Wrasse and Tuskfish; Labridae

Wrasse and Tuskfish are closely related to the Parrotfish. A numerous family who also have the ability to swim using their pectoral fins. They are usually brightly coloured and able to change their sex when they so desire.
Many species can be found by just snorkelling the reefs at our local dive sites.

One of our more common wrasse, looks drab at first sight but actually has lovely colouration.

Also known as the Tomato Wrasse, for an obvious reason.

Similar in colour shades (except for the tail) but larger in size than its cousin, the floral wrasse.

This beast is not a typical wrasse at all ! It grows to a surprisingly large size and is not so bothered by divers.

Also known as the Yellowtail Tubelip; juveniles are more solitary in habit than the adults.

A handsome fish with a protusible jaw, coming in a variety of colours.

A busy little fish, always buzzing around the reef.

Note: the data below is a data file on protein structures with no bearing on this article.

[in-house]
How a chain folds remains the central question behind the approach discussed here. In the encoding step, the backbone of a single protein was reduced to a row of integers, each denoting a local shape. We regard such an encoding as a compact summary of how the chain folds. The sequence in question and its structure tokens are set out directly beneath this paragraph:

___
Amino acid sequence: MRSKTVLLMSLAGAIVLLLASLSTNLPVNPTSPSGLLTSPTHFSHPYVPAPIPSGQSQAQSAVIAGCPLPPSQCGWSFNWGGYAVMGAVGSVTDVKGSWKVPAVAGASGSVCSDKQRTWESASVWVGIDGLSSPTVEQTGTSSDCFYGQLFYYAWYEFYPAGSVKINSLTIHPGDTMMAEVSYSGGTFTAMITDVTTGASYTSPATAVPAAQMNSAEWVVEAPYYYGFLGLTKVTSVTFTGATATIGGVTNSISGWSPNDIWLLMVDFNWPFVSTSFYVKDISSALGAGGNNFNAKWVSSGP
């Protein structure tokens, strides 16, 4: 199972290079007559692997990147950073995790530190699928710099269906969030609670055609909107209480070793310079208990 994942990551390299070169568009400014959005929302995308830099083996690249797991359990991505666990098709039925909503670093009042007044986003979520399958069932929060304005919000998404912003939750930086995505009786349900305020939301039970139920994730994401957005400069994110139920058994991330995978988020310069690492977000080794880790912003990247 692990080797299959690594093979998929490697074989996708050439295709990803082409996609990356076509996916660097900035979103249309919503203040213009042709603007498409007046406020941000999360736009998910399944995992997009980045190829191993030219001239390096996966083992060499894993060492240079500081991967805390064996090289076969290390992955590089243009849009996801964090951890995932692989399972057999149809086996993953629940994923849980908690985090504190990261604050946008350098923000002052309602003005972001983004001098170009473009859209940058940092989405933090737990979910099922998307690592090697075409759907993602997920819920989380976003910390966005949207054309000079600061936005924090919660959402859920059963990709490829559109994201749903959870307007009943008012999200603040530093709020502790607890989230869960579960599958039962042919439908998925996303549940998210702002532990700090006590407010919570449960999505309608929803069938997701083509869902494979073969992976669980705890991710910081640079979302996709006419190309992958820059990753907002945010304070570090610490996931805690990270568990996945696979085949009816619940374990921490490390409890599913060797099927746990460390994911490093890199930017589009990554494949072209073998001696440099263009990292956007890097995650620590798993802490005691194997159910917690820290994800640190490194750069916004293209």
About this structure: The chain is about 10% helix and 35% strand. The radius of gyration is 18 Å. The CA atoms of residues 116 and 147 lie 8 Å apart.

A smallish, busy, reef-based wrasse with a fairly psychedelic checkerboard patterning.

A somewhat shy and elusive wrasse, with a lovely dark blue/green colour scheme.

Misidentified by us as a Weedy Surge Wrasse, this reef dwelling fish is relatively drab when compared with its relations.

We had this wrasse wrongly identified as a tailspot...

A relatively large wrasse with radically different colouration when young.

Another Wrasse with an atypical body shape. Hence the name - not to be confused with the members of the Seahorse family.

They often have their own cleaning station and other fish will queue up there for their services.

A medium sized wrasse that we see mainly when we go to more distant destinations

A smallish wrasse that\'s not so common around Koh Phangan.

Another divers favourite due to it's vivid colour and busy habits.

Only two rarely sighted wrasse up until now...